It is technically a misuse of Respite care to initiate because of a symptom management issue. Respite is normally provided for the caregiver.
Do you feel safe asking your management team what options are available for this patient?
- 0Feb 6, '13 by jeannepaulyou are writing exactly how I feel. We used to have crisis care, but when we were bought out by a corporation, the team we had died. We then started using agency for cc, then we got a new director and cc ended for us. Of course they will not say it, but we havent had a cc case in over a year, maybe longer. We also do not have an inpatient facility. There are some nursing homes we can contract with but it is few and far between.
I am angry about it and in our contract, it says that we feel we are able to meet our pt's needs and if we cannot, we will find them an agency that can. I know of a couple of pt's that I will tell them to start looking for a new hospice if and when crisis care is needed. I bought it up to the powers that be and they said we CAN do it. Yea right, when and how. I feel if they meet the criteria, they should have it. We end up going out there several times a day because of it.
We also cannot order ER kits at admission and they have to be "approved" when we do order them, we cannot get ABH without an act of congress and we will no longer pay for antibiotics for UTI's or URI's.
I could say more, but I won't. I just think it is sad that it has gotten to this point since it became corporate. Hospice is not about taking care of patients, it all about money.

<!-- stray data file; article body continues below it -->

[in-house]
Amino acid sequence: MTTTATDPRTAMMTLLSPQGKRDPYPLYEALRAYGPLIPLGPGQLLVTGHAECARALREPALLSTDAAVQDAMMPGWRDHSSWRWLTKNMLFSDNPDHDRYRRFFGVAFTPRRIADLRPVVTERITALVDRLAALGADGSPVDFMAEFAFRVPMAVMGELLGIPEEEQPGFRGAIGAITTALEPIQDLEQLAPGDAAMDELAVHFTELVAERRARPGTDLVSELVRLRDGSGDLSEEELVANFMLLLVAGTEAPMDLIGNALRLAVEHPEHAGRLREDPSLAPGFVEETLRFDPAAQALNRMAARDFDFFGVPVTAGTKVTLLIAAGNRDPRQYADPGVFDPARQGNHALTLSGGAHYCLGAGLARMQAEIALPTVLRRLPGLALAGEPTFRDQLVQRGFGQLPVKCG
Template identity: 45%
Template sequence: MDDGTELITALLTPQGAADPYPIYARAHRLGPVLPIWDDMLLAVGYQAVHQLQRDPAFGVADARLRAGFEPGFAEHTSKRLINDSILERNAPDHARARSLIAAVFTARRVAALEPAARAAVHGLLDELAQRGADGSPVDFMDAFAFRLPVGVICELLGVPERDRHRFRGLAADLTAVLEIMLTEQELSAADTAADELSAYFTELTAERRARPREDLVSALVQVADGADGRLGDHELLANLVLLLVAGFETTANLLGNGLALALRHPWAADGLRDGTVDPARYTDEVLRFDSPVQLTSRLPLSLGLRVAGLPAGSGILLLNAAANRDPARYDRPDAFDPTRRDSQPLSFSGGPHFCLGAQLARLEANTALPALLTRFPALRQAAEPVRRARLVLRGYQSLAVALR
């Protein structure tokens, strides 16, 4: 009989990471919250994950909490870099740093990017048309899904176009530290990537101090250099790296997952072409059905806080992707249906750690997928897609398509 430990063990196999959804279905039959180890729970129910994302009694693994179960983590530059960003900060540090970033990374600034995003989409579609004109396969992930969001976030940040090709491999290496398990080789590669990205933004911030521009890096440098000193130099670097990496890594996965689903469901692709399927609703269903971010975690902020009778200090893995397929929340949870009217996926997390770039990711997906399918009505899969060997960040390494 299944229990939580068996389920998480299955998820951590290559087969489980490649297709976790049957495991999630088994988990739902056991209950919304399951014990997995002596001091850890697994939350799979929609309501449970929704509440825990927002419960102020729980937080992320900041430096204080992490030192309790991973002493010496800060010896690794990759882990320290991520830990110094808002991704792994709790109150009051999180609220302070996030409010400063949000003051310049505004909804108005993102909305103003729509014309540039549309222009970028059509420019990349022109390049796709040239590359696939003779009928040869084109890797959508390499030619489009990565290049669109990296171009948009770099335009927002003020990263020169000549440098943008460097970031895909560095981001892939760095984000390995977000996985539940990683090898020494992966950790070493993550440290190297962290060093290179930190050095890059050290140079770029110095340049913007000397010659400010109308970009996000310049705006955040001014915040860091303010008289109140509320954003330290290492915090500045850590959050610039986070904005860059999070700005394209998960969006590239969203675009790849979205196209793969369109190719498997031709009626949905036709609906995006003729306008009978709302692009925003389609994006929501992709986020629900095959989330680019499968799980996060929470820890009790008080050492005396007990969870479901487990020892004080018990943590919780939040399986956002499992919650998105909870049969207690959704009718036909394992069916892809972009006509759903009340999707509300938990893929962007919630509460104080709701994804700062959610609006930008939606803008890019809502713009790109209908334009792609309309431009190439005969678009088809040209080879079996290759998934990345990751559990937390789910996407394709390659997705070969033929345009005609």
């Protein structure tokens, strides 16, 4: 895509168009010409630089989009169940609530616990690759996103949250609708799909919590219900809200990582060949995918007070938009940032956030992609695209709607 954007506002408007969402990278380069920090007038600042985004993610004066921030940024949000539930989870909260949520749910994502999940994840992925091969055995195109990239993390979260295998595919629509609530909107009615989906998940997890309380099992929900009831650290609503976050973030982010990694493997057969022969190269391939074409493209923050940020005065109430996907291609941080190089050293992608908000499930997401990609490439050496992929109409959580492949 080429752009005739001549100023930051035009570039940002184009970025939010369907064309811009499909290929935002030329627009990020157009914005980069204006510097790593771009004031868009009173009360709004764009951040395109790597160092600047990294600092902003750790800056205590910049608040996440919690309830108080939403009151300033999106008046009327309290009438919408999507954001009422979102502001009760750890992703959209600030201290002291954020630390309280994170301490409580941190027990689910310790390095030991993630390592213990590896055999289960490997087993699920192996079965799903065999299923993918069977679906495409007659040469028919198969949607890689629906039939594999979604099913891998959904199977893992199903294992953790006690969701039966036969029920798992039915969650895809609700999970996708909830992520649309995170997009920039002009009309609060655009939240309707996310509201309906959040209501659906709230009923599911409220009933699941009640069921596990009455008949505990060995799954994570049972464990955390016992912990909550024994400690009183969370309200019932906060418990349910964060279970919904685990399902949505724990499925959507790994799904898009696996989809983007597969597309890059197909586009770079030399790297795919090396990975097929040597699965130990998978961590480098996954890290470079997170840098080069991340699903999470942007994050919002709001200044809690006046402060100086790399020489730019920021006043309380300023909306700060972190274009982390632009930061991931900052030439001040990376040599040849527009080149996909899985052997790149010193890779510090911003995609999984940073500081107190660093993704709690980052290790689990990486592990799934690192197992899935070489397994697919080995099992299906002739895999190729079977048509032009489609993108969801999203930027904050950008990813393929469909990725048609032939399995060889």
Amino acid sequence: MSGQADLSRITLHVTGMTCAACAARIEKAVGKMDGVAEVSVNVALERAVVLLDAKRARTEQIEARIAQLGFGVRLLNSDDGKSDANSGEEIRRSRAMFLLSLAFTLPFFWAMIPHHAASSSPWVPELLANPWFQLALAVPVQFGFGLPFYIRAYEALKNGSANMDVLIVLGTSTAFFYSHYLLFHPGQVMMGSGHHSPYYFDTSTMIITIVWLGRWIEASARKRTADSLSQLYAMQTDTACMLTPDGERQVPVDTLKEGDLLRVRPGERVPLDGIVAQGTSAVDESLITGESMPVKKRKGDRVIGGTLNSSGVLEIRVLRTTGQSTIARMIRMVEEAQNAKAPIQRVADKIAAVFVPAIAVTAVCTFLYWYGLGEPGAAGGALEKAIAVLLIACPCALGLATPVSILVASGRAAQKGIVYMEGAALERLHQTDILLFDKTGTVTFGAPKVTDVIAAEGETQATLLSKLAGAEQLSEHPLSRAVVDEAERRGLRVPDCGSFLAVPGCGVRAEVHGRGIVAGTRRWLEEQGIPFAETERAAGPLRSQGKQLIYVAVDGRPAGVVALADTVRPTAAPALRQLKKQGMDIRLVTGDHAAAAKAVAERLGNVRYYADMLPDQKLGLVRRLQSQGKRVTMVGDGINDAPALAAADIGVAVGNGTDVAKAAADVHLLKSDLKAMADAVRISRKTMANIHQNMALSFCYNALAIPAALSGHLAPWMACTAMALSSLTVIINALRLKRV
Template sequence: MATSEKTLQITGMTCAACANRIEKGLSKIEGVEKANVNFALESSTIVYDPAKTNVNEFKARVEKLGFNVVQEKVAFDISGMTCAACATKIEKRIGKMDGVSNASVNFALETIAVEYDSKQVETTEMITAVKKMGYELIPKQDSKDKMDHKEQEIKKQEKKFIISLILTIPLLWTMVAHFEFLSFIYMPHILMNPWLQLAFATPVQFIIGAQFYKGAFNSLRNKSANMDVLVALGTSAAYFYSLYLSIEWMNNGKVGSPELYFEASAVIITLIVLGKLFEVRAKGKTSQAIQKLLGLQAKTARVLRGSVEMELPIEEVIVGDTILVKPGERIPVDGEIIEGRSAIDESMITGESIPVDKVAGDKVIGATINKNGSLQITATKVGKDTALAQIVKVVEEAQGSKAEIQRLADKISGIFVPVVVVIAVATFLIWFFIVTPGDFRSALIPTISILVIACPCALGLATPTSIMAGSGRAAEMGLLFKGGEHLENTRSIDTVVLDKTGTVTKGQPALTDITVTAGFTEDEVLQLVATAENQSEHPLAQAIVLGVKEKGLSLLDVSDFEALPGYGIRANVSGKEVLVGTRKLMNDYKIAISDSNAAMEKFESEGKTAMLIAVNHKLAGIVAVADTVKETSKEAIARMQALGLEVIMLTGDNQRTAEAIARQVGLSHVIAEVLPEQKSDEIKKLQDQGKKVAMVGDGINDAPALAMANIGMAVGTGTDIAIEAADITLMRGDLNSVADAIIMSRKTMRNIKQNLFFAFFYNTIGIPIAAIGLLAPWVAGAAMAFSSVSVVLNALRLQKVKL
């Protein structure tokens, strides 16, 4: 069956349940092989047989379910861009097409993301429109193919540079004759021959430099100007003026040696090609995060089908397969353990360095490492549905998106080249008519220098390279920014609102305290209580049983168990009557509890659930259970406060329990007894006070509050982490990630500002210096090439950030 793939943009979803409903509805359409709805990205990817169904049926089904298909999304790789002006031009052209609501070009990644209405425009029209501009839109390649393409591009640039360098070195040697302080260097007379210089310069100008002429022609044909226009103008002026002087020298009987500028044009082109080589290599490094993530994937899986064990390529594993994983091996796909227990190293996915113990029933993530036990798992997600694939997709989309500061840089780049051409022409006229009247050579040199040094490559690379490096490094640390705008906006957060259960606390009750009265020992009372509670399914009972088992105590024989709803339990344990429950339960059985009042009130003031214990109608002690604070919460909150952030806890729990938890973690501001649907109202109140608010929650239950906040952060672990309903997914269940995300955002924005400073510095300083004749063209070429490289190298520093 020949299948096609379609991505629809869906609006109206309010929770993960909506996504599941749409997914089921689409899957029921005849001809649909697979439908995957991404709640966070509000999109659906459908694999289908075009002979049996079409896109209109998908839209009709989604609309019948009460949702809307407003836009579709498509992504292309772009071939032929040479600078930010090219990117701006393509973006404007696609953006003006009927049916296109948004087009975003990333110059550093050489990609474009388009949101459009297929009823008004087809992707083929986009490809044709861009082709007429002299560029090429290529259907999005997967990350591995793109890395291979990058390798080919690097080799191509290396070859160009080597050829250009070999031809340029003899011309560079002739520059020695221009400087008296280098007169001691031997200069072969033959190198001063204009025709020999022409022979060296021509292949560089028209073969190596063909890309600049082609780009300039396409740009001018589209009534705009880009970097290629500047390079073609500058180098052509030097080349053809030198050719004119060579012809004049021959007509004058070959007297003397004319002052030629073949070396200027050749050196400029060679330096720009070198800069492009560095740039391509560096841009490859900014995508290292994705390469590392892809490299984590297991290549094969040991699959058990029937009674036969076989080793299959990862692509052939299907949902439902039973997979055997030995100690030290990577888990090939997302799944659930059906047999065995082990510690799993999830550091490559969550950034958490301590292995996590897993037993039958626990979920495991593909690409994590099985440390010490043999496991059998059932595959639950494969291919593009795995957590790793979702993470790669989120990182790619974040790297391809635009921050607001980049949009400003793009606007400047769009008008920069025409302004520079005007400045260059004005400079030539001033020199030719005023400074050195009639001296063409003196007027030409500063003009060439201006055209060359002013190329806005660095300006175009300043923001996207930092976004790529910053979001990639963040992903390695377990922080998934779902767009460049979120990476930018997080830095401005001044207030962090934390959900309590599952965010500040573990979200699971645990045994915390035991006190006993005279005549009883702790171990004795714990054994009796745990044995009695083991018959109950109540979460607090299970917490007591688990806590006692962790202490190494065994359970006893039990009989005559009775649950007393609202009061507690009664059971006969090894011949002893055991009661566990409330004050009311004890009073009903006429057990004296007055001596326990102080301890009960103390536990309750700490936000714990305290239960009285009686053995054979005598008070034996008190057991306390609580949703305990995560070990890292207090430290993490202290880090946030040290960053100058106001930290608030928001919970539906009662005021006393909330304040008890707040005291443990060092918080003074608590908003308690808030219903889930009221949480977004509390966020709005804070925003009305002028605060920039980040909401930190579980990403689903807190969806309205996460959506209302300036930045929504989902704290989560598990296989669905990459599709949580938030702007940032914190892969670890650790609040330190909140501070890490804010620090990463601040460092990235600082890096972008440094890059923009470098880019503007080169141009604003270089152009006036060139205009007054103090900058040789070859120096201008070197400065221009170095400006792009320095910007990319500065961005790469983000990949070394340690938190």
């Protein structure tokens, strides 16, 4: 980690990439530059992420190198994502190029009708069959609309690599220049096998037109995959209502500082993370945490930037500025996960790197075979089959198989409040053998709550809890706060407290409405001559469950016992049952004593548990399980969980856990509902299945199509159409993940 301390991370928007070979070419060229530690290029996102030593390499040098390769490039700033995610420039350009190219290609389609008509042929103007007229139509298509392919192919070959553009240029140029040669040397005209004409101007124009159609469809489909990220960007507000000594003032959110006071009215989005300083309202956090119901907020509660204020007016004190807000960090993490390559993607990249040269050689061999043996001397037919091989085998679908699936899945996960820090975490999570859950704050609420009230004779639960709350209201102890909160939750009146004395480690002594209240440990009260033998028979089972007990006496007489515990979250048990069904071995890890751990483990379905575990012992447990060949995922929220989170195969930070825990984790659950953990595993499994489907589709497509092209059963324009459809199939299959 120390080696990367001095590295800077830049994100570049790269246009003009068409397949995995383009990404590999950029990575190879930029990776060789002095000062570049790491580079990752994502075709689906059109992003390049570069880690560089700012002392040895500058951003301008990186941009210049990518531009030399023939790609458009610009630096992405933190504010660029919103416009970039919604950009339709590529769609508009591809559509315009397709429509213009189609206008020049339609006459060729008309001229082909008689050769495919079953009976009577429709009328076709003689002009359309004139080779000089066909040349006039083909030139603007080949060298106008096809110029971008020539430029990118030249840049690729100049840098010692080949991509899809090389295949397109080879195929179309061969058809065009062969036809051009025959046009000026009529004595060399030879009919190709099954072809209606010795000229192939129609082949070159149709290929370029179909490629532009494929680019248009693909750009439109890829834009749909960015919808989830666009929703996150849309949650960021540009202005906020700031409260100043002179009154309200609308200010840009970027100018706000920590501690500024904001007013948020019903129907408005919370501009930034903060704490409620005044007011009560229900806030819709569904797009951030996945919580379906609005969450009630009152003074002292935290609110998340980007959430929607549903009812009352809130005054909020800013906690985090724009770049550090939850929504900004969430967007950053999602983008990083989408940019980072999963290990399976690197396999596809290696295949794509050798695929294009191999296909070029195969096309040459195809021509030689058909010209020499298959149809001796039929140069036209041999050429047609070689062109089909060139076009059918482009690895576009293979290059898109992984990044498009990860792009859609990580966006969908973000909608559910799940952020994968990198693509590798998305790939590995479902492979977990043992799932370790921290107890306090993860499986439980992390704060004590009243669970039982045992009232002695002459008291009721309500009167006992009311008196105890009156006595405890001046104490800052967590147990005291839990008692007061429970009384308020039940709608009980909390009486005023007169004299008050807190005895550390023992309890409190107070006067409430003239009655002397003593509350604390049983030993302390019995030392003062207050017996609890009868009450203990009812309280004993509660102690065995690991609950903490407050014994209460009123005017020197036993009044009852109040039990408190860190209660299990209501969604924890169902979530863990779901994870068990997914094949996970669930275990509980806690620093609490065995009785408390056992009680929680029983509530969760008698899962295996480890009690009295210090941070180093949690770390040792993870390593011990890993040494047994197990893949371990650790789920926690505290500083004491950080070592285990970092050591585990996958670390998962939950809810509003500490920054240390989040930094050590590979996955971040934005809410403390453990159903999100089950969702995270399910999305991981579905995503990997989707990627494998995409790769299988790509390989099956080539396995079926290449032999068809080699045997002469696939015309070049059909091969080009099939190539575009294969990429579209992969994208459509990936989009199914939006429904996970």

- 0Feb 7, '13 by nurseebolI am relieved to not be alone. Problem is, out hospice is supposed to be "the best " it is out slogan. Our reputation has been good. But yet when people need this service they are referred to respite. Luckily we do have a small inpatient center that is nice. We are good with E kits. They r getting funny about supplies and I get that. But sometimes it is a bit much. We cannot order a special mattress unless they are already broken down. I am going to approach them about this because it is illegal and I know they don't want this to get out widely among the staff. I do t understand why they don't try to do it cuz the reimburse rate is pretty high for it. They are sending me to class for certification and once I start I have to stay for 2 years. I think that will be a good time to mention it as I will be less disposable lol. I am on a quality improvement committee and that will be my opportunity to ask for "clarification about this benefit I heard of"